The drivers behind this take-off of mobile ad spending are:
Increased device ownership, particularly of tablets. Smartphone installed base growth in 2012 was more than 35%, while tablet installed base growth exceeded 120%. By 2016, tablet sales will overtake the sales of desktop and laptop PCs.
The intensity of online tablet use. Despite tablets representing less than 30% of the mobile device market in the US, they represent more than 40% of total mobile page views. In addition, the majority of tablet users watch video on their tablet, compared with about a third of smartphone users.
Information workers in organizations across Asia Pacific (AP) are increasingly using personal mobile devices, applications, and public cloud services for work. Forrester defines this as the bring-your-own-technology (BYOT) trend. This behavior is more prevalent among employees above the director-level (C-level executives, presidents, and vice presidents) than those below that level (individual worker, contractor or consultant and manager/supervisor). Data from Forrester’s Forrsight Workforce survey, Q4 2012 corroborates this trend in AP.
We believe that the BYOT trend will strengthen over the next two years in AP, primarily fueled by employees below the director level. Increasing options, quality and affordability of devices, apps, and wireless connectivity, coverage, and capacity will contribute to this expansion. In order to secure corporate data, organizations will need to:
Develop Corporate Mobile Policies: Organizations must build cross-functional teams to plan their mobile strategies. This should include representatives from different LOBs like finance, HR, legal and sourcing. Moreover, the policy must clearly define guardrails to provide flexibility to employees but within boundaries and in compliance with local regulations.
Identify Technologies To Secure Corporate Data: 29% of business-decision makers in AP report that the rising expectations of younger workers require businesses to push enterprise IT to keep technology current. This is why it is critical to identify both back-end and front-end technologies and suppliers that can optimize mobile device and application management in a secure manner. Focus should be on networking layer security and mobile device management solutions.
For our Forrsights Workforce survey, Forrester annually surveys information workers.* I’m leading final preparation of our Forrsights Workforce survey focused on end user hardware and aimed at five major markets – the US, Canada, the UK, France, and Germany. By end user hardware, we primarily mean PC/Macs, tablets, and smartphones, but we may also focus a bit on peripherals. And we hope to mirror some of the questions from the Forrsights IT Hardware survey, which we develop after this one, so that we can compare results from this information worker survey to what IT buyers report in their survey. Analyst Heidi Shey is working on the other half of the survey, which will focus on security issues.
Below are the hypotheses and topics we plan to explore in the survey. Please give them a quick read, then post or email feedback by Friday, April 12 (Tuesday, April 16 at the very latest). If you are a Forrester client and would like to see a survey draft, please email your account rep and me.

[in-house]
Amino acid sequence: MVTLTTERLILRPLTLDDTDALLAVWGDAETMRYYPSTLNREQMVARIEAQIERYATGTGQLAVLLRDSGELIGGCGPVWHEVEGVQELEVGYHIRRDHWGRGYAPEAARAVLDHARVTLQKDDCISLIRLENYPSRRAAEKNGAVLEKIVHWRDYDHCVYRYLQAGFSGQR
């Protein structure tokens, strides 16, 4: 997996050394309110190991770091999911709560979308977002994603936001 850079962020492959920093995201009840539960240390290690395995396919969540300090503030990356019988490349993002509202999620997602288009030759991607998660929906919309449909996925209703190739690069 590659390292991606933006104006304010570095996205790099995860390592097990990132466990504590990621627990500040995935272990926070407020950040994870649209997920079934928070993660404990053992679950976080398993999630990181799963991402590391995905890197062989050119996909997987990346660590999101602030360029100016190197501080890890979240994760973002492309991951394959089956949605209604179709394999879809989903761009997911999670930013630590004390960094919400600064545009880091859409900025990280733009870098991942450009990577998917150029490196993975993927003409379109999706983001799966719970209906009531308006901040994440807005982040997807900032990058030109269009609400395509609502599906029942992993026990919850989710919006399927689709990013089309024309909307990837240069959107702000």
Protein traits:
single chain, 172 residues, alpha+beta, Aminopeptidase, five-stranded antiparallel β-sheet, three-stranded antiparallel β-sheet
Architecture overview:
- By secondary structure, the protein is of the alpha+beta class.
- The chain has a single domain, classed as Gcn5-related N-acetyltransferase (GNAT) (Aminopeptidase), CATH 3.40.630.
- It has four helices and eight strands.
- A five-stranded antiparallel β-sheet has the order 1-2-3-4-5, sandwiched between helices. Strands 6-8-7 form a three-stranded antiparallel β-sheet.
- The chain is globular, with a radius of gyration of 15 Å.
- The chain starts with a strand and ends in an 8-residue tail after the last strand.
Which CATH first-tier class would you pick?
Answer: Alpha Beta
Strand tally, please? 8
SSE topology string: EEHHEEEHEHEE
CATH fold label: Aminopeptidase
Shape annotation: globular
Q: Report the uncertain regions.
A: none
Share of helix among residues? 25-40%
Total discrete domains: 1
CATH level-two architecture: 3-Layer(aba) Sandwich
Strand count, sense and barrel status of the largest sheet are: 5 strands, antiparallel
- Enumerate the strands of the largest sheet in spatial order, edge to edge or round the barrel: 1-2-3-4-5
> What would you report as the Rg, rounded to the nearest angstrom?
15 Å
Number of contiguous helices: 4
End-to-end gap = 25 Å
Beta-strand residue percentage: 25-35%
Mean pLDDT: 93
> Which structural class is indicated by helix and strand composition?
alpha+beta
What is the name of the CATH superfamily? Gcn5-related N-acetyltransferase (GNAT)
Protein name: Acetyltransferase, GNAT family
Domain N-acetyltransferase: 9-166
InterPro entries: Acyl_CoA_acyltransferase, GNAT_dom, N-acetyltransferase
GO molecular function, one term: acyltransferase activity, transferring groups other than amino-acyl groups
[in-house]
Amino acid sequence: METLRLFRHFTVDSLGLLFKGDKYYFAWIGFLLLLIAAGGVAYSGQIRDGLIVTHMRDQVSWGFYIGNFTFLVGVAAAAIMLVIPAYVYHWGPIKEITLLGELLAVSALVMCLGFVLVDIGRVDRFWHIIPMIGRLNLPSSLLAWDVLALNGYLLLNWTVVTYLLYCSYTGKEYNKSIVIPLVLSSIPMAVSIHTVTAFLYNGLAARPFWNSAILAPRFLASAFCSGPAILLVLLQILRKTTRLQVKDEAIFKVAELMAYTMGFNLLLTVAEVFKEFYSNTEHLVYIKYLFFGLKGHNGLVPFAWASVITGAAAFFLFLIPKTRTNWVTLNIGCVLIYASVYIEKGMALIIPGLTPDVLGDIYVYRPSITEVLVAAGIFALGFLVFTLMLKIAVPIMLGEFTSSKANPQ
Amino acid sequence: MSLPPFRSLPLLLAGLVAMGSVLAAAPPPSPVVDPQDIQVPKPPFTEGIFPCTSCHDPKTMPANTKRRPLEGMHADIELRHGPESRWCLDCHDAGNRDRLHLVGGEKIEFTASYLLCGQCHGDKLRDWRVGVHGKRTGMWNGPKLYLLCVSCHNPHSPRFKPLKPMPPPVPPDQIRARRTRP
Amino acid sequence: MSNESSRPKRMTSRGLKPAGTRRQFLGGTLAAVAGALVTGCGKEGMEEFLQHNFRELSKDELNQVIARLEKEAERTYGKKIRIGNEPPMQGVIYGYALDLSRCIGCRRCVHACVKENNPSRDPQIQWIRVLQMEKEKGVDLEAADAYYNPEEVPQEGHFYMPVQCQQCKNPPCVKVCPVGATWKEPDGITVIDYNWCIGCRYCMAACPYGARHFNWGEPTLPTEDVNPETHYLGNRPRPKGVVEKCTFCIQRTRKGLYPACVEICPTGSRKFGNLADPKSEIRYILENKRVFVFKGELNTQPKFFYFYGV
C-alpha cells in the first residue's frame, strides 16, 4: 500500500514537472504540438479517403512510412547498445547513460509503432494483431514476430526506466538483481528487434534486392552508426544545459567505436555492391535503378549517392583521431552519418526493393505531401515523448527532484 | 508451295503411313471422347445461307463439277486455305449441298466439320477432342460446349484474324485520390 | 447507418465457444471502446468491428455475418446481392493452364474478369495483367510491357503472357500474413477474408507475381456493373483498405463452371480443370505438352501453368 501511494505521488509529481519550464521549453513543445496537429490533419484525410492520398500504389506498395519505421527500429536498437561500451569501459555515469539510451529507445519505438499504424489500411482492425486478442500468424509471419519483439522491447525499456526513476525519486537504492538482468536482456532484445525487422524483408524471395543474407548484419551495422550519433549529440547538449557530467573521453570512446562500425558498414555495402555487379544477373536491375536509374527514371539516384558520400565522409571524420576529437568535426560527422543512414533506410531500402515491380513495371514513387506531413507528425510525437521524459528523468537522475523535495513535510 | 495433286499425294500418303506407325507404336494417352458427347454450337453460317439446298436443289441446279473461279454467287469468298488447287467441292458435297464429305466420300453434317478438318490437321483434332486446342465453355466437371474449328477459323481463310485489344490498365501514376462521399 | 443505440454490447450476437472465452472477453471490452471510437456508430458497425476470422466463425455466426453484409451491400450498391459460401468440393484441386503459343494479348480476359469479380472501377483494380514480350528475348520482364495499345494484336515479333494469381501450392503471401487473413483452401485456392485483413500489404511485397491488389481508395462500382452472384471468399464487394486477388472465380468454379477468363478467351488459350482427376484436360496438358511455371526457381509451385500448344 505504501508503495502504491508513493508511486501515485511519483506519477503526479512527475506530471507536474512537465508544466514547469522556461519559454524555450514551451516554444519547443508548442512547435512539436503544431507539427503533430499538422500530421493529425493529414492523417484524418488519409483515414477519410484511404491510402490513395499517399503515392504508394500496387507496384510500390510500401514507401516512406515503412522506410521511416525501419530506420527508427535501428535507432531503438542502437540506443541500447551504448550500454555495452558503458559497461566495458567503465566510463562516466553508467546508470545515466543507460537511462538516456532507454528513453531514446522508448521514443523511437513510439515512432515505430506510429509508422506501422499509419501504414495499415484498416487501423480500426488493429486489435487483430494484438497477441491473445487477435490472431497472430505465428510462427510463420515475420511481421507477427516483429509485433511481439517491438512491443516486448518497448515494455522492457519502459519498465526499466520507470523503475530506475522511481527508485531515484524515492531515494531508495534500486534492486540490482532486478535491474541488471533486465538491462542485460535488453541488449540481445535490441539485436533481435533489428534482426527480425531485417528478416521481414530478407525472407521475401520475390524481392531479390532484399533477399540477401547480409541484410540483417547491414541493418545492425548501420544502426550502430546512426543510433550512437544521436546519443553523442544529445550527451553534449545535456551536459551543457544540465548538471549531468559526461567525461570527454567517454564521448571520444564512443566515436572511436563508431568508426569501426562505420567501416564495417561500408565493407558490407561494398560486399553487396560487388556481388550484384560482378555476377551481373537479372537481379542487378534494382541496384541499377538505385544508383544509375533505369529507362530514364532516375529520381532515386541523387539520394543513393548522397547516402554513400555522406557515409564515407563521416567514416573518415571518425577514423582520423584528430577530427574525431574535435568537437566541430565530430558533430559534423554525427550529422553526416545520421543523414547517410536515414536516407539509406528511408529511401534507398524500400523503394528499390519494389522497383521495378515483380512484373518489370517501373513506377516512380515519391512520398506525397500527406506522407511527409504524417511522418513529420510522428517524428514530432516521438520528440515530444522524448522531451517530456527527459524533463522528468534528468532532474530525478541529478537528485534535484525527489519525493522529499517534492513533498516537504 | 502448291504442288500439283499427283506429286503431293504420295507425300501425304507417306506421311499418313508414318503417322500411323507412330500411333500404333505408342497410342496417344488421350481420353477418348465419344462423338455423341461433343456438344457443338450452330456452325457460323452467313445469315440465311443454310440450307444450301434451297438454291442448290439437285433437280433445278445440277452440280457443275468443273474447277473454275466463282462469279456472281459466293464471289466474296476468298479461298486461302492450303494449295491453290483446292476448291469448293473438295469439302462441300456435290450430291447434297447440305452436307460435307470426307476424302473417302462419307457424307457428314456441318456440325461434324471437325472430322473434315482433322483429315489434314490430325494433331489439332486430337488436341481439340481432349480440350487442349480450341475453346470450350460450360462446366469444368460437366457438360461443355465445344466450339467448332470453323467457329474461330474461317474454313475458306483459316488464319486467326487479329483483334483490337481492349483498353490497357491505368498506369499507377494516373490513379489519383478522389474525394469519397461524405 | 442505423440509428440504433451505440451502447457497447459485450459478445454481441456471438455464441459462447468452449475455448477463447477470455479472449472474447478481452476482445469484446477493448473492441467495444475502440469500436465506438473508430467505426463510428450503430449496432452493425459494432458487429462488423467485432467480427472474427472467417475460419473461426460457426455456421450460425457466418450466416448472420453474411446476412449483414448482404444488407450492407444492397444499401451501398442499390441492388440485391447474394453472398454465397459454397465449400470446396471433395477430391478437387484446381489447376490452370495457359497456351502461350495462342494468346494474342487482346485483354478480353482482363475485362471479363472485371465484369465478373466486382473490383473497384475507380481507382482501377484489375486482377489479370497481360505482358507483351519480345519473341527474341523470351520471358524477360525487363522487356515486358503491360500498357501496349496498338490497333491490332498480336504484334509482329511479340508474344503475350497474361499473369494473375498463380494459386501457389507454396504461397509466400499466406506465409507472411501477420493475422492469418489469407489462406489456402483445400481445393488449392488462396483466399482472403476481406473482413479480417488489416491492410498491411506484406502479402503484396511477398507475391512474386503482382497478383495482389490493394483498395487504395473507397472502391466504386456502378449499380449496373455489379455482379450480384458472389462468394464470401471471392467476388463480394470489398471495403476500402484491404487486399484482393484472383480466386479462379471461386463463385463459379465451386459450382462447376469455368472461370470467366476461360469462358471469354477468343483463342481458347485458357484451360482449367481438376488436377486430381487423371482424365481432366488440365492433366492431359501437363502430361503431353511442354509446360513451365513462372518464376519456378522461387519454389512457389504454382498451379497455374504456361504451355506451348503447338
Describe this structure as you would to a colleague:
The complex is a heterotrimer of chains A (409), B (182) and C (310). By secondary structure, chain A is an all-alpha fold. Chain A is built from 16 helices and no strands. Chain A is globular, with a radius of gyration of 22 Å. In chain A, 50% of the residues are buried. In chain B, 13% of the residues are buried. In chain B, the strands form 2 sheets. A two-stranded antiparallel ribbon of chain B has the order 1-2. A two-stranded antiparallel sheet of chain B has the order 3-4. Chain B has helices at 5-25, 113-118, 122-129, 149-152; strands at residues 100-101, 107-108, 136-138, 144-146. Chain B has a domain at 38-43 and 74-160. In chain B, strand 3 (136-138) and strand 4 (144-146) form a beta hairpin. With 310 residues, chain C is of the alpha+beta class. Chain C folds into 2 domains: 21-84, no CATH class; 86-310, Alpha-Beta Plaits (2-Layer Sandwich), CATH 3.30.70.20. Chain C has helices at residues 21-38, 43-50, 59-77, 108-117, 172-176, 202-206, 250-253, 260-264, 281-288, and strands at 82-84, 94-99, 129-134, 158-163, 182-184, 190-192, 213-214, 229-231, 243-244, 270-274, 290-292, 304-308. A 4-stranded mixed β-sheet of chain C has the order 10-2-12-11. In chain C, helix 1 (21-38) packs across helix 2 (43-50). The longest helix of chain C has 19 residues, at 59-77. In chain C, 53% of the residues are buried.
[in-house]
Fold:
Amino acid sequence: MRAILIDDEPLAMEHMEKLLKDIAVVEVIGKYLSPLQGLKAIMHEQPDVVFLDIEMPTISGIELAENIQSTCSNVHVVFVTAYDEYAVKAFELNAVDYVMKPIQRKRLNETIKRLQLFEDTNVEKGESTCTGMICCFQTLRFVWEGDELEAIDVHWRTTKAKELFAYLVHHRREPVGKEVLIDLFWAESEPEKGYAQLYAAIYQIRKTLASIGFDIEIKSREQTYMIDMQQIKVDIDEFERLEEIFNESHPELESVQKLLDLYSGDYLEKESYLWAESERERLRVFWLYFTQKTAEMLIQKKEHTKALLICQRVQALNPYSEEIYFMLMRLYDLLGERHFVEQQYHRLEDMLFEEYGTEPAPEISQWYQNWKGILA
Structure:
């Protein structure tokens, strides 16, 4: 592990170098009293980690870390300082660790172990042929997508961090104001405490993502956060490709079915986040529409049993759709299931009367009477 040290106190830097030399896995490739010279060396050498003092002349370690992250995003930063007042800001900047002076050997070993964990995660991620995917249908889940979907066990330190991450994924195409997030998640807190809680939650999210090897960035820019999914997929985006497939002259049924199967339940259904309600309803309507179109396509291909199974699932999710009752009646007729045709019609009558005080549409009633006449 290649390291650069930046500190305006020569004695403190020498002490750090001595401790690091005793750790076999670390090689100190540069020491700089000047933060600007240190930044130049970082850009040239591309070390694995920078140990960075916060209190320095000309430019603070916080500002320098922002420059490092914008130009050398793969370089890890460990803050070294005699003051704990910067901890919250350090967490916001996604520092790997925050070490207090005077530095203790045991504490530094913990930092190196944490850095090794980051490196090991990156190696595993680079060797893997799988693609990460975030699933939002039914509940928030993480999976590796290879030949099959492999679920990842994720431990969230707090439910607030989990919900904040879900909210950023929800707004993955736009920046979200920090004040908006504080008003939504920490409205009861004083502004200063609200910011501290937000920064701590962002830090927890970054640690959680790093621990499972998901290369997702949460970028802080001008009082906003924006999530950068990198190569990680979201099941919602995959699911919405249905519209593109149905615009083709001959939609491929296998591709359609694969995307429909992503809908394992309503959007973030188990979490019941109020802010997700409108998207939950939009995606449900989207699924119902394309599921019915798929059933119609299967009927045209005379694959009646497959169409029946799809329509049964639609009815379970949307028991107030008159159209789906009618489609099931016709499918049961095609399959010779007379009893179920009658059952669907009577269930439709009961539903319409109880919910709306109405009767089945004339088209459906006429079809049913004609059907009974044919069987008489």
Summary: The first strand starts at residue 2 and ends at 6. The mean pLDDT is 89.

These are statements of ideas we are planning to test in the survey questions, which are designed to confirm or disprove the idea. But we probably can’t fit all of these, so please help us prioritize – especially if you are a Forrsights Workforce client!
Have multiple devices used for work, including many that are personally chosen and/or owned; they spend significant money on devices used regularly for work; and they expect to continue doing so.
Often blend work and personal tasks on the same device, despite employer policies to the contrary.
Forrester’s recent research shows that, while Asia Pacific lags developed regions like North America and Europe in terms of smartphone penetration, the growth of smartphones will be highest in APAC between 2012 and 2017. As indicated in our recently published report, Forrester Research World Smartphone Adoption Forecast, 2012 To 2017 (Global), by end of 2013, Forrester estimates that smartphone penetration in North America will be 57%, followed by Europe with 42% and APAC with 21%. But in terms of the compound annual growth rate during the same period, smartphone penetration in APAC will grow by 20%, followed by Europe with 11% and North America with 10%.
The sharp increase in the number of smartphone users will greatly affect both the consumer and enterprise landscapes. Building on Forrester’s deep research on the Asia Pacific mobility opportunity, we will be holding a series of complimentary quarterly webinars to help our clients make sense of this rapidly changing landscape and position for success. Starting in March and covering the consumer and enterprise mobility markets, the webinars will bring together Forrester analysts from around the world to present a global and Asia Pacific perspective.
On March 5, 2013, I will present a mobile trends and summary webinar with my colleagues Thomas Husson and George Lawrie. This session will cover our key findings from this year’s Mobile World Congress in Barcelona, share our view of key 2013 mobile trends, and share best practices for building a successful business case for mobile initiatives. You can register for the webinar here.
eReaders are set to have one of the shortest growth life cycles in device history. Between 2009-2011 the average annual sales of dedicated eReading devices in the US grew by more than 100%. In 2012, US dedicated eReader sales growth will be negative. The decline of the eReader is driven by the availability and affordability of tablets, with global tablet sales in 2012 set to reach more than 120 million.
The Forrester Research eReader And eBook Adoption Forecast, 2012 To 2017 (Global)analyzes eBook adoption drivers across more than 50 countries. Heavy readers like eBooks. In the US, eBook readers read an average of 24 books per year compared with just 15 books for non-eBook readers. In addition, eBook readers are becoming more device-agnostic, with similar eBook reading levels observed across tablets and dedicated eReading devices.
We used the following drivers to calculate our forecast for eBooks and eReaders